The Louisville Cardinal

Students react to investigation into former dean<br />


The University of Louisville College of Education and Human Development has garnered a lot of attention lately, but it’s not the latest U.S. News & World Report’s rankings people are talking about.

Former Dean Robert Felner is under investigation for misuse of grant money, specifically a $694,000 No Child Left Behind grant, secured in 2005. On June 20, armed federal agents loaded boxes and computers from the dean’s office at CED into black SUVs.

Earlier this year, Dean Felner resigned from the university, and was prepared to take a position as chancellor of University of Wisconsin-Parkside. He has since withdrawn from that position, although he has not been indicted for any wrongdoing.

In a letter to faculty dated August 22, President James Ramsey heralds the accomplishments of the CEHD under Felner’s tenure.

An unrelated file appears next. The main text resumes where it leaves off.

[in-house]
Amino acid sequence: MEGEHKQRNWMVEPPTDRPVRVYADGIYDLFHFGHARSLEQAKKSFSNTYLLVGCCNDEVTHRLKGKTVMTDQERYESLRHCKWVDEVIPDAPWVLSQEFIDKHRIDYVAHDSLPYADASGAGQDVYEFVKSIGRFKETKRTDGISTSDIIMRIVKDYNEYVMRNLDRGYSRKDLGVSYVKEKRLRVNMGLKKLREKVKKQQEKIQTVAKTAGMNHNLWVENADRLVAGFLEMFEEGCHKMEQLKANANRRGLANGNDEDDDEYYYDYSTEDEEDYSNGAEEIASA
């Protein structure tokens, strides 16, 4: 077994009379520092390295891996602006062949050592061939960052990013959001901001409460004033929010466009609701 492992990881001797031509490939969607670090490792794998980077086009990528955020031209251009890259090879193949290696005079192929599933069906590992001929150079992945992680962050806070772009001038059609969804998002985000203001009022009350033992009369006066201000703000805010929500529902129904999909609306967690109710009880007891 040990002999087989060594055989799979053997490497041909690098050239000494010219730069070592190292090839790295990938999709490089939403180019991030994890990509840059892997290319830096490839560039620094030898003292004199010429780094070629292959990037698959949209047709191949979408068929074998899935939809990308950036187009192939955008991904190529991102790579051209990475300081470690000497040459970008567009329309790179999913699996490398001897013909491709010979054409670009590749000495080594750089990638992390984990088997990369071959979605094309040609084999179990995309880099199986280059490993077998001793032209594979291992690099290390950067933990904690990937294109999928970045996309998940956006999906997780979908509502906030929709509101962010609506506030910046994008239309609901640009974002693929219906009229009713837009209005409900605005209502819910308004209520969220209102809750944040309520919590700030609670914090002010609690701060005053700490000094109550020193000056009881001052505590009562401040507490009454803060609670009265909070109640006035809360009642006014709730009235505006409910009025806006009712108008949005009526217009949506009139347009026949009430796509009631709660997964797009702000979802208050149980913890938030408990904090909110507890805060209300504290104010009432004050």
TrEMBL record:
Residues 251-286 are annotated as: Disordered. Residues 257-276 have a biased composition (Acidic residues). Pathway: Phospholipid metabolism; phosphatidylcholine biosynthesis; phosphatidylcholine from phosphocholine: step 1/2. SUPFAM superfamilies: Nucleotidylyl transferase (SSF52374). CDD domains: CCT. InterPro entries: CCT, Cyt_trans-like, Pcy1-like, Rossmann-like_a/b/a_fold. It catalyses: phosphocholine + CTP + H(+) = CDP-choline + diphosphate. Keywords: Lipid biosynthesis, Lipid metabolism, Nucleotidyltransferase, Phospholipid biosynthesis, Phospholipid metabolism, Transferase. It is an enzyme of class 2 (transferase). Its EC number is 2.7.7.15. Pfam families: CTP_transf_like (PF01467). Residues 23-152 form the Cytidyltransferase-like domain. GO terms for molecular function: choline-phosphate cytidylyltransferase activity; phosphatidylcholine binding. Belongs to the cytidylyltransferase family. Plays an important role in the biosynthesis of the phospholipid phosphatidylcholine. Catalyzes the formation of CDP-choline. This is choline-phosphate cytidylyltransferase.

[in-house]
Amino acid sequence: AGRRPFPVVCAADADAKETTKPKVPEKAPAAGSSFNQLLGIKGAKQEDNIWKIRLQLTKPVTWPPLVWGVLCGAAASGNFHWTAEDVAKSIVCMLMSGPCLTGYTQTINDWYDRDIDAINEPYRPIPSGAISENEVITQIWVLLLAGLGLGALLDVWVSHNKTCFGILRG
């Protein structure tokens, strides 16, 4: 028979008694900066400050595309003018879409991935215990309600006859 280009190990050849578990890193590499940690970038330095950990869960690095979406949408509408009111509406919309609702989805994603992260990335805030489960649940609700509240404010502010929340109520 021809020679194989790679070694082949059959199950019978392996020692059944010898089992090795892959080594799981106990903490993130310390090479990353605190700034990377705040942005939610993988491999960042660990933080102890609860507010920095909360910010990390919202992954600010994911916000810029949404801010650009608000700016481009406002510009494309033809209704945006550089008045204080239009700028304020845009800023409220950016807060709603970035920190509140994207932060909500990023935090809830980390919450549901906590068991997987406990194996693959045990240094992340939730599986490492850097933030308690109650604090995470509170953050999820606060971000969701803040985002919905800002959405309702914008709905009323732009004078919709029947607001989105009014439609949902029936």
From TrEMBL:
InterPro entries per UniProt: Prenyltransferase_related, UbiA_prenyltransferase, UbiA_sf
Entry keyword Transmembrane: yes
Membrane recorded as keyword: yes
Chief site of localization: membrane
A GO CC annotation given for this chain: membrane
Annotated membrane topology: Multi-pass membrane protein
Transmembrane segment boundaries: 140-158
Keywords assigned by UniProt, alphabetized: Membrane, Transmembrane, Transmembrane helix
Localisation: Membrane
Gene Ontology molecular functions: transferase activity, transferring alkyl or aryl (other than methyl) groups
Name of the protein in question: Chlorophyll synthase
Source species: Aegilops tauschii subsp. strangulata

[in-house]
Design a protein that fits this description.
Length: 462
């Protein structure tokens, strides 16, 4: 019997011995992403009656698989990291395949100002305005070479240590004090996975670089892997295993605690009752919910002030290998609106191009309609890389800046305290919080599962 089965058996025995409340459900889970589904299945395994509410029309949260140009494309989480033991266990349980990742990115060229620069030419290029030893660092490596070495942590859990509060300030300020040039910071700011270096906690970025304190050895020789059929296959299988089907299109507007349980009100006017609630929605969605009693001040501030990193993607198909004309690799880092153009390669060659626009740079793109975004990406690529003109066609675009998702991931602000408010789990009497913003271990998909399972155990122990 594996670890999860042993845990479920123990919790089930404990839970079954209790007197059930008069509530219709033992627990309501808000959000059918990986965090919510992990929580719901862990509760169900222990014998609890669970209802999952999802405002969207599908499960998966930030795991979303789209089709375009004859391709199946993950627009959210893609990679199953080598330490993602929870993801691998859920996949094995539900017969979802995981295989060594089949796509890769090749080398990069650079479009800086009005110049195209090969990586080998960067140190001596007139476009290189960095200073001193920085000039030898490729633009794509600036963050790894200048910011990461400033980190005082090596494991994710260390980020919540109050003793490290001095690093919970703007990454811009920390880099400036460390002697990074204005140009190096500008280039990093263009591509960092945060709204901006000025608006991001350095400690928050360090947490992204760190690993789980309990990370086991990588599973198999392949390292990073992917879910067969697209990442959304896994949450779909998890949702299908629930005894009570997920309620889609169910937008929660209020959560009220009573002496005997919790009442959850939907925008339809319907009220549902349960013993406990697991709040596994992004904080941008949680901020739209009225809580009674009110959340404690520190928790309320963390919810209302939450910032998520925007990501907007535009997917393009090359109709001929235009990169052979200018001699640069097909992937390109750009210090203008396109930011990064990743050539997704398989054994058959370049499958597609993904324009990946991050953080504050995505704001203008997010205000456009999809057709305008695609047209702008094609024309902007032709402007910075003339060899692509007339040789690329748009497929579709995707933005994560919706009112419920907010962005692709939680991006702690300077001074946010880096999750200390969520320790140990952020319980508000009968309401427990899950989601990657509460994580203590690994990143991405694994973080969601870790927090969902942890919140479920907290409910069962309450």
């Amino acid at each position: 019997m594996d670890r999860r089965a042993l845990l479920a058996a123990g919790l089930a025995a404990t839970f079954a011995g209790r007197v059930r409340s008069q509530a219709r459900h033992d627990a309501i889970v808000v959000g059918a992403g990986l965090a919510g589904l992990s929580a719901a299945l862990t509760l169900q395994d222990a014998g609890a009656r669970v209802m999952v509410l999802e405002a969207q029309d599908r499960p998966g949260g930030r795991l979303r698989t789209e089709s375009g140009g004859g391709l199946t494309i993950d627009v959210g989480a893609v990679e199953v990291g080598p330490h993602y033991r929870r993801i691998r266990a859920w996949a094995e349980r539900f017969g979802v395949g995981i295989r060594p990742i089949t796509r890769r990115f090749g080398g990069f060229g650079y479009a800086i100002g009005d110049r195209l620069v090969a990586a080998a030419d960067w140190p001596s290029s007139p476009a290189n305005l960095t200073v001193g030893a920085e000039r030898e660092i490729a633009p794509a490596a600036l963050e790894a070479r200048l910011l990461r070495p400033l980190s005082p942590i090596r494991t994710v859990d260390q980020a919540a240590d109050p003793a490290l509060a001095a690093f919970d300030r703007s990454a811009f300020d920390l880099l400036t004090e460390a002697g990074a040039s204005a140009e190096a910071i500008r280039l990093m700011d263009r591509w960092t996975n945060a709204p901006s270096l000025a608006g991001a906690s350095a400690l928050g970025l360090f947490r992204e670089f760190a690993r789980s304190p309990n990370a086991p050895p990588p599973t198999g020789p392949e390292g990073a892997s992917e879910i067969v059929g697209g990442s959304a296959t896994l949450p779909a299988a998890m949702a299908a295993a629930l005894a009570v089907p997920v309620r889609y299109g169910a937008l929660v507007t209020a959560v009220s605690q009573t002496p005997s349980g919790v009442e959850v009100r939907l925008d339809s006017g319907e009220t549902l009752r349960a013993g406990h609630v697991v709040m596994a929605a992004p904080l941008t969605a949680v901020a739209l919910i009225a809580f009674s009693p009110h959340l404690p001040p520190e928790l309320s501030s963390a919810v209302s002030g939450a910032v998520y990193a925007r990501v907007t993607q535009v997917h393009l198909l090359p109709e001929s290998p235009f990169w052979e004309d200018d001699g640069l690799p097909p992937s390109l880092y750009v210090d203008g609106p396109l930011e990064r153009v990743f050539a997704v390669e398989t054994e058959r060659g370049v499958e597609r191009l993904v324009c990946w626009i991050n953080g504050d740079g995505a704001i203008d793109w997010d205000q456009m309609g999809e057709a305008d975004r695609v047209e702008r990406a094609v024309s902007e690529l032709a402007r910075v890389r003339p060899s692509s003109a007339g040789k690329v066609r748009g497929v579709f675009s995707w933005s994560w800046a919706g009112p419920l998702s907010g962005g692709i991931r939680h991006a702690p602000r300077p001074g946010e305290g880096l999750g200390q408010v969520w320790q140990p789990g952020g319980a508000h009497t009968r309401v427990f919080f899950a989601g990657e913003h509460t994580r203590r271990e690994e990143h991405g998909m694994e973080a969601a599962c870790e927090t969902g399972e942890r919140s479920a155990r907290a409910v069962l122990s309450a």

“In light of these accomplishments, we believed early concerns about the Dean’s leadership style stemmed from the rapid change and heavy demands he had placed on his faculty.”

In the letter to faculty members, Ramsey mentions that there were four grievances filed against Felner, and a 2006 no-confidence vote taken by the CEHD faculty against Felner.  Felner failed the vote 27 to 24.

A call to Felner’s attorney went unreturned.

However, Ramsey notes, “Many members of the faculty did not vote, and a large number of faculty visited the Provost afterward to say that they supported the dean.”

An August 8 story in the Courier-Journal reported that Felner never filed required financial disclosure forms. This malfeasance went unnoticed, however, possibly because Felner was responsible for its enforcement.

Amber Horne, senior political science major said, “I think they could have definitely prevented a lot of the things that he did. But, I think the university puts a little too much trust in their deans.”

Meanwhile, Dr. Blake Haselton has taken over as interim-dean for CEHD, and some students are left with a sense of disillusionment.

“It’s sad that these are the educators we’re supposed to be modeling ourselves after,” Michelle Eaton, a junior middle school education major said.